Gates: US Will Be Patient on Okinawa Base

Will Give Japanese Govt Time to Silence Popular Opposition to Base

Japanese government efforts to get the US to end its military domination of the island of Okinawa has been a major political problem that has only been exasperated by angry US rebukes for the notion that they should leave, or even pare down their massive presence.

But Secretary of Defense Robert Gates insisted that the US would be taking a more conciliatory tack, at least sort of. Gates expressed understanding of the “complex matter” and said the US would show patience while the Japanese government silenced popular opposition to its base amongst Okinawans.

When Japan’s Democratic Party (DPJ) came to power they were openly discussing kicking the US military off the island entirely, but US demands for massive cash payments for even a minor reduction of the amount of the island they occupy and angry rebukes quickly stifled the effort.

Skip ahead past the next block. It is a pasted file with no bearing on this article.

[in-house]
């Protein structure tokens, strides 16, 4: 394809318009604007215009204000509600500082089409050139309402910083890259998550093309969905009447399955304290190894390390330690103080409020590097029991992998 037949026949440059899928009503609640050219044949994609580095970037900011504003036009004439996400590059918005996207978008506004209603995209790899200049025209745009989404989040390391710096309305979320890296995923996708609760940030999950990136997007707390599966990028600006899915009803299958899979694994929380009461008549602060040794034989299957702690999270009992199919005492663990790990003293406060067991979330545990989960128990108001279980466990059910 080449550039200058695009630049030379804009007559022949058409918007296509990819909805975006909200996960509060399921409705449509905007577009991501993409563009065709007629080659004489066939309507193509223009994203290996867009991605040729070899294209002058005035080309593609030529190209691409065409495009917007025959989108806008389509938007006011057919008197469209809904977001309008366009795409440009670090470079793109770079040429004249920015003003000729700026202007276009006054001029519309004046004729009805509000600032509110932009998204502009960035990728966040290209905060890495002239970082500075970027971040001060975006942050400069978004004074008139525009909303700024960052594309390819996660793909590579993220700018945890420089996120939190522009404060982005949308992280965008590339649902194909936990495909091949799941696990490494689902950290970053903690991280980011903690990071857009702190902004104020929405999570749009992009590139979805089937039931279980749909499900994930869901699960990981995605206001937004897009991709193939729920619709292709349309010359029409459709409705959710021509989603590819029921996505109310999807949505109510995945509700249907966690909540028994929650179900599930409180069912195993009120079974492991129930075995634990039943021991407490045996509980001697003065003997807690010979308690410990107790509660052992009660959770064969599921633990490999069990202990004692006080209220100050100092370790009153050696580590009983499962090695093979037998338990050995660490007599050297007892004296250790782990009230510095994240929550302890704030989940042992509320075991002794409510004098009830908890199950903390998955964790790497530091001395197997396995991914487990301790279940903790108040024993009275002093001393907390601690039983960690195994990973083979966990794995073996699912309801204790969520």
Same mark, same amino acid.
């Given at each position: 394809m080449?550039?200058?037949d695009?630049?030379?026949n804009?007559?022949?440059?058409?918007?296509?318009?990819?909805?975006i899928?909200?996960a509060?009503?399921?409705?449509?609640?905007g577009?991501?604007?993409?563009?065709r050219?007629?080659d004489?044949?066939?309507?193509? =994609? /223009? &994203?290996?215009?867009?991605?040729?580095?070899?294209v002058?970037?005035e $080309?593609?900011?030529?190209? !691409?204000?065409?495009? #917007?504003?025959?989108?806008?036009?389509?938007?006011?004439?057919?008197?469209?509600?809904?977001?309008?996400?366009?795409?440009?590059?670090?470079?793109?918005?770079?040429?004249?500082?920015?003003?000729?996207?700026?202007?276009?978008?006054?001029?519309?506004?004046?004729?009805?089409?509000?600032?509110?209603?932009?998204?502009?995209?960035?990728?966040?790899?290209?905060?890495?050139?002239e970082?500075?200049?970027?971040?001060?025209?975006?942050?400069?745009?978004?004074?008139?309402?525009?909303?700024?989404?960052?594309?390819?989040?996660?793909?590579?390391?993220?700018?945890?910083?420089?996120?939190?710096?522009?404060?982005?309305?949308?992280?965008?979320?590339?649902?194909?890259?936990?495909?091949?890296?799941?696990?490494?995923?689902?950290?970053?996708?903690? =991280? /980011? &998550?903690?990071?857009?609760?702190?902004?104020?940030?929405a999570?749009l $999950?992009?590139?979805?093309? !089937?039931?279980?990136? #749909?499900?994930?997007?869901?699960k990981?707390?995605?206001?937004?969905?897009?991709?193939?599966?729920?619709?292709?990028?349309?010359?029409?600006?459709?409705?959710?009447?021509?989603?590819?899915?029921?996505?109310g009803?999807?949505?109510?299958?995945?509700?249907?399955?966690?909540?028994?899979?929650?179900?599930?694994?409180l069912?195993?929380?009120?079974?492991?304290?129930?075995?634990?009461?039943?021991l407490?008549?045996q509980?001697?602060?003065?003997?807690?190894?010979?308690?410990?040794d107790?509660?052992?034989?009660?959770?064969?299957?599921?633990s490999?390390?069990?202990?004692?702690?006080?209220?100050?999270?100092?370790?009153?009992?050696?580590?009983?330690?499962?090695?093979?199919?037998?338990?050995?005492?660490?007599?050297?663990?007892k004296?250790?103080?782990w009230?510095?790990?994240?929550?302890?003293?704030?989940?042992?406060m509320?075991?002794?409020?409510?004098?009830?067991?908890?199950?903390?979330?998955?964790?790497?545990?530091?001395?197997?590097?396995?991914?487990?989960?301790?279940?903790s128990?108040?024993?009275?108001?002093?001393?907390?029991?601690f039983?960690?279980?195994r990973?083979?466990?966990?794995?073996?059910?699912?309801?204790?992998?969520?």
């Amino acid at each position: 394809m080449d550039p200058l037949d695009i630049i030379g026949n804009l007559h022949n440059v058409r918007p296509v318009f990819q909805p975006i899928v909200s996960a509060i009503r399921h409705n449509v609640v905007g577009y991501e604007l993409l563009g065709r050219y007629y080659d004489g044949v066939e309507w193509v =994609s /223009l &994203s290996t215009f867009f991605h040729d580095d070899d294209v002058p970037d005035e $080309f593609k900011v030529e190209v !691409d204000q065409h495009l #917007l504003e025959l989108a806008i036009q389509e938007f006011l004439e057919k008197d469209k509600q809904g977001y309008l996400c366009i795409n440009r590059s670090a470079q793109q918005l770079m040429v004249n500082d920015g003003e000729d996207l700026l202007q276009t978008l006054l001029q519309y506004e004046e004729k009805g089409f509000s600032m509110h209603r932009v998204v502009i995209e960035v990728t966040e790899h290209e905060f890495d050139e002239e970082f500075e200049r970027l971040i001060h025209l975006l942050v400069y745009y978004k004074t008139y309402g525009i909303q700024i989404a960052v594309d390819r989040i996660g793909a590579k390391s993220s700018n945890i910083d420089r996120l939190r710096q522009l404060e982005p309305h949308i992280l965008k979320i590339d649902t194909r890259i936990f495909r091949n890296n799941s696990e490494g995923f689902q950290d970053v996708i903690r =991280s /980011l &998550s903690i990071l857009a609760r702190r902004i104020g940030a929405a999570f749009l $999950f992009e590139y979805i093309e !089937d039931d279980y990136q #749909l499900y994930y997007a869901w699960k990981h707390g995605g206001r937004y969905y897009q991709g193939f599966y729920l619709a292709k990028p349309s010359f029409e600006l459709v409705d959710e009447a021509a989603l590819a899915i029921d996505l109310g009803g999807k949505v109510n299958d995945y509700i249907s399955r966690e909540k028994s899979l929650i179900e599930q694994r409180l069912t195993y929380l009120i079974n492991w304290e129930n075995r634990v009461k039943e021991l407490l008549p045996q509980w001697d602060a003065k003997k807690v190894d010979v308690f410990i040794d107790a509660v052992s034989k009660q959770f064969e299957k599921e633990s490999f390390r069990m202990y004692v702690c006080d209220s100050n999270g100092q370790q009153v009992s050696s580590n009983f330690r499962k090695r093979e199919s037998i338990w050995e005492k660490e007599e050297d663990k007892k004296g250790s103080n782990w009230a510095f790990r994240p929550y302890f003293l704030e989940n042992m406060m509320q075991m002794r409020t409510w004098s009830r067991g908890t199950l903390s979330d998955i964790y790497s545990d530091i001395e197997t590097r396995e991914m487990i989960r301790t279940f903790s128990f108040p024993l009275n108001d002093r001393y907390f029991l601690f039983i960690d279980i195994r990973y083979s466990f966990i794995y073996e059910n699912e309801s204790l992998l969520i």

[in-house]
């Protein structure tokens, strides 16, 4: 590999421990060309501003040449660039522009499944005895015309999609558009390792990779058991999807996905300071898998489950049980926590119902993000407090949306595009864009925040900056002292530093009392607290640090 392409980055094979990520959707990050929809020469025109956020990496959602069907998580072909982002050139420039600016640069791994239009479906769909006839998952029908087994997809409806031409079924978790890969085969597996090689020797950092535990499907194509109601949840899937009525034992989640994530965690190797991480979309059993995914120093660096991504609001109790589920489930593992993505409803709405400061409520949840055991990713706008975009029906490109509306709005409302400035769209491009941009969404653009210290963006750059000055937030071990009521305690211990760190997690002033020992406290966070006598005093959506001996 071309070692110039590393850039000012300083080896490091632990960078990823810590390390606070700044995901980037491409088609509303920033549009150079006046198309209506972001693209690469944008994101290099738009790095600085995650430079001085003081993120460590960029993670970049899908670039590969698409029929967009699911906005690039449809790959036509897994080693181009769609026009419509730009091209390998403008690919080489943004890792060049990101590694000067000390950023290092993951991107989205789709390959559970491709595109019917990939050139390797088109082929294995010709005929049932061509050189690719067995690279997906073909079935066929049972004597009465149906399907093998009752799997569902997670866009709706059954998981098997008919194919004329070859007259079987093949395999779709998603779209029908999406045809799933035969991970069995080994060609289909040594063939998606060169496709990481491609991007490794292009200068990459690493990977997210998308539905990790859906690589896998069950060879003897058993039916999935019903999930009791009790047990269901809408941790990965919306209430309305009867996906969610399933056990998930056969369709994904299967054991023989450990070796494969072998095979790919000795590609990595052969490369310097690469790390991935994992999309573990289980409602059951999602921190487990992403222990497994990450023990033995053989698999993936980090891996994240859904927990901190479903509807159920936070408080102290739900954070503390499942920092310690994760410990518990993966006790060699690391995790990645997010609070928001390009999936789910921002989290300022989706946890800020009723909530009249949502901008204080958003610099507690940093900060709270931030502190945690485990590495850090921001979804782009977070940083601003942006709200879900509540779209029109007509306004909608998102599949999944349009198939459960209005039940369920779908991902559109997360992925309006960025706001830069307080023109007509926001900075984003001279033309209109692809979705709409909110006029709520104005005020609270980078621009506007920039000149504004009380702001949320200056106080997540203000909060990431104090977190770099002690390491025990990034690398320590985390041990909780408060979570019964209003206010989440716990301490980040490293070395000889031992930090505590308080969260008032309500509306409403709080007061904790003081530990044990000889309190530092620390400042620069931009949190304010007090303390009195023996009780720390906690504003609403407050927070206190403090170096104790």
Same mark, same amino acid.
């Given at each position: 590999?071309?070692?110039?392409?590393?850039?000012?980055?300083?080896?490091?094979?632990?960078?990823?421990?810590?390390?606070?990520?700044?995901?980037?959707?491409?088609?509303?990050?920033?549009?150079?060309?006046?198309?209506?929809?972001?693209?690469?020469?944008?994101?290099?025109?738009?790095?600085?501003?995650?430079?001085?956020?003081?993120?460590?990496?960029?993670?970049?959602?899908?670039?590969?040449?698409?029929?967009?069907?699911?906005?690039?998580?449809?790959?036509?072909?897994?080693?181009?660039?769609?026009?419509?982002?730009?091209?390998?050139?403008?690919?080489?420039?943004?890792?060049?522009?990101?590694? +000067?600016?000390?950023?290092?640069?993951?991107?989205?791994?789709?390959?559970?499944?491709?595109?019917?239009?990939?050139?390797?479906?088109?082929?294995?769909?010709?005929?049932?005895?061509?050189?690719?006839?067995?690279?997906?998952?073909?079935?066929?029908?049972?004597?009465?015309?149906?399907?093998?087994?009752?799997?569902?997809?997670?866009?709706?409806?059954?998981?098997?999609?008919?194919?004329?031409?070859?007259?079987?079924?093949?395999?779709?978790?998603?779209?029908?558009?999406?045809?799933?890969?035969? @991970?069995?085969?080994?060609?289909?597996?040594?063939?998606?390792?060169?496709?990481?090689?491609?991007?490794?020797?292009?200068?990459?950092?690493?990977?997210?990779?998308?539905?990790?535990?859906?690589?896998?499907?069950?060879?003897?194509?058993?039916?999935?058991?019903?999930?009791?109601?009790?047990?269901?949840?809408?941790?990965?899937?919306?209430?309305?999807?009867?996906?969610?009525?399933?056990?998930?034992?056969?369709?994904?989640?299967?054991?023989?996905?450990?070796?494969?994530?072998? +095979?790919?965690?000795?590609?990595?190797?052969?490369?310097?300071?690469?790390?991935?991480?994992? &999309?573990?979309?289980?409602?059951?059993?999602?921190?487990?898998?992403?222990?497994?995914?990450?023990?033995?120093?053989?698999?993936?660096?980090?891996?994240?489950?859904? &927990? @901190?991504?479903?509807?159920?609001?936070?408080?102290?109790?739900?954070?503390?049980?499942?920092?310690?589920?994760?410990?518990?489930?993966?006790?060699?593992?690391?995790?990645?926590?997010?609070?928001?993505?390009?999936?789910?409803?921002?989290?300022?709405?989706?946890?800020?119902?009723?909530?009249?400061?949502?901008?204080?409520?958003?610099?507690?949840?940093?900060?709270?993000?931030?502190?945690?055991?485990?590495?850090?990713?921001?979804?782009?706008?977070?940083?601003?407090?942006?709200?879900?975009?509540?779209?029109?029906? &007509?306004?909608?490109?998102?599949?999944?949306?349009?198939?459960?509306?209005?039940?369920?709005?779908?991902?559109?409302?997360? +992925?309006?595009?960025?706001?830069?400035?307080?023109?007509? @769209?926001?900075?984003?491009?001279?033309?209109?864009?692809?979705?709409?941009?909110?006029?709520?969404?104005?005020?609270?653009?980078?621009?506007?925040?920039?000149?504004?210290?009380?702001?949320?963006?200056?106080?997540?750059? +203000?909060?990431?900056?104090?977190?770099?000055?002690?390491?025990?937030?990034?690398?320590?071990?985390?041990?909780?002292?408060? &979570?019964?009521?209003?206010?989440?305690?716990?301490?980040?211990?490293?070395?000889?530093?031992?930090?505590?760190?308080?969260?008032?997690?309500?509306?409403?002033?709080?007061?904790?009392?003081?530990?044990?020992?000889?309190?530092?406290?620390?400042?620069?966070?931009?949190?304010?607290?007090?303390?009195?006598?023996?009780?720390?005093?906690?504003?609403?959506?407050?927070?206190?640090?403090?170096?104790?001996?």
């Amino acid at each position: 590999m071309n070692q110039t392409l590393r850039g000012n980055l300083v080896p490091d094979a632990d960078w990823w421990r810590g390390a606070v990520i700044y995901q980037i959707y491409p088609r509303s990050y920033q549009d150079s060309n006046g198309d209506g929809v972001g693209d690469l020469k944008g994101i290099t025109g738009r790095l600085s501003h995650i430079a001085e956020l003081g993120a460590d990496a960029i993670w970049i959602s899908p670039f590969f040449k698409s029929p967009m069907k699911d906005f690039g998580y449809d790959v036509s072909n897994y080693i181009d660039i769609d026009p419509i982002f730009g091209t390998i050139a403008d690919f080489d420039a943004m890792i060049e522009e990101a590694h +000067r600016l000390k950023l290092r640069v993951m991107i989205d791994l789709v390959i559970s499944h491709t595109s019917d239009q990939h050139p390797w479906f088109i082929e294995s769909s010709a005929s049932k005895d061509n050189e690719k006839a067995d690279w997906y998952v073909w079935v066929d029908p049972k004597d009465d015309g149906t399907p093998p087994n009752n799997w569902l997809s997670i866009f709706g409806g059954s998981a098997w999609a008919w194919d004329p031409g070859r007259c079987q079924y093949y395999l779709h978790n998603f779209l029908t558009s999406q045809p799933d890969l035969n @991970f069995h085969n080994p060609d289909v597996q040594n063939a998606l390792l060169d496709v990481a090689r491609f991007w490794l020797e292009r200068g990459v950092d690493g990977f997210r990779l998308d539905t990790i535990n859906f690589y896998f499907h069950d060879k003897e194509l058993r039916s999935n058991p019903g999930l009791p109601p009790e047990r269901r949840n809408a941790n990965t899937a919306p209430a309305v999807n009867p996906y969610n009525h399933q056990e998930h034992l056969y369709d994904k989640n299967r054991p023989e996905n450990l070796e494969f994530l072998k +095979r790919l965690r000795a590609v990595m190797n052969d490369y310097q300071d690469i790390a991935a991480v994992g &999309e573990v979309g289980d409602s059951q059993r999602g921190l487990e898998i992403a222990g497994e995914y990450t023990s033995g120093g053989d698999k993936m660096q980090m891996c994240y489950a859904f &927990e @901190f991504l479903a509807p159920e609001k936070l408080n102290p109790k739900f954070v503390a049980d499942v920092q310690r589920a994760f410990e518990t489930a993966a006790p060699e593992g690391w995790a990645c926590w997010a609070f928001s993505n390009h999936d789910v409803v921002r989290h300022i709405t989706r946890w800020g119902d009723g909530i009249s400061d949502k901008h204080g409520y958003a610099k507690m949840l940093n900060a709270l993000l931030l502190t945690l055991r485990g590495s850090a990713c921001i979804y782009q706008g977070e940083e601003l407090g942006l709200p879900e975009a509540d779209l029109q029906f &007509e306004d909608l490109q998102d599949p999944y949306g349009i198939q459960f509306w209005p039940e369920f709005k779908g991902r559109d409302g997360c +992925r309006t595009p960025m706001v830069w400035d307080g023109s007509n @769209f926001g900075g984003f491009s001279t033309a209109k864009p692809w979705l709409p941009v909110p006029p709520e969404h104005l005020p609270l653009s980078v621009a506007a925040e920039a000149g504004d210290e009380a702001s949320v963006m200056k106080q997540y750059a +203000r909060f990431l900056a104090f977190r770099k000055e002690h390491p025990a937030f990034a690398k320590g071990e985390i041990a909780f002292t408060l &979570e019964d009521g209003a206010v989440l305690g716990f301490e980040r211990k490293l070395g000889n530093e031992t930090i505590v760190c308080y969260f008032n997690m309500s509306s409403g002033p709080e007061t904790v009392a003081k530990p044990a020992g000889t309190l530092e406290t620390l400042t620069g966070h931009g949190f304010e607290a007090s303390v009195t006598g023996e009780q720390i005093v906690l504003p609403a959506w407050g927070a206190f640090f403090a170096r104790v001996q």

The US currently has about 47,000 troops in Japan, and appears determined to keep its presence more or less forever. The land usage and noise problems related to the deployment is a constant complaint for Okinawans, but the US stance has been consistently to ignore it.

Author: Jason Ditz

Jason Ditz is Senior Editor for He has 20 years of experience in foreign policy research and his work has appeared in The American Conservative, Responsible Statecraft, Forbes, Toronto Star, Minneapolis Star-Tribune, Providence Journal, Washington Times, and the Detroit Free Press.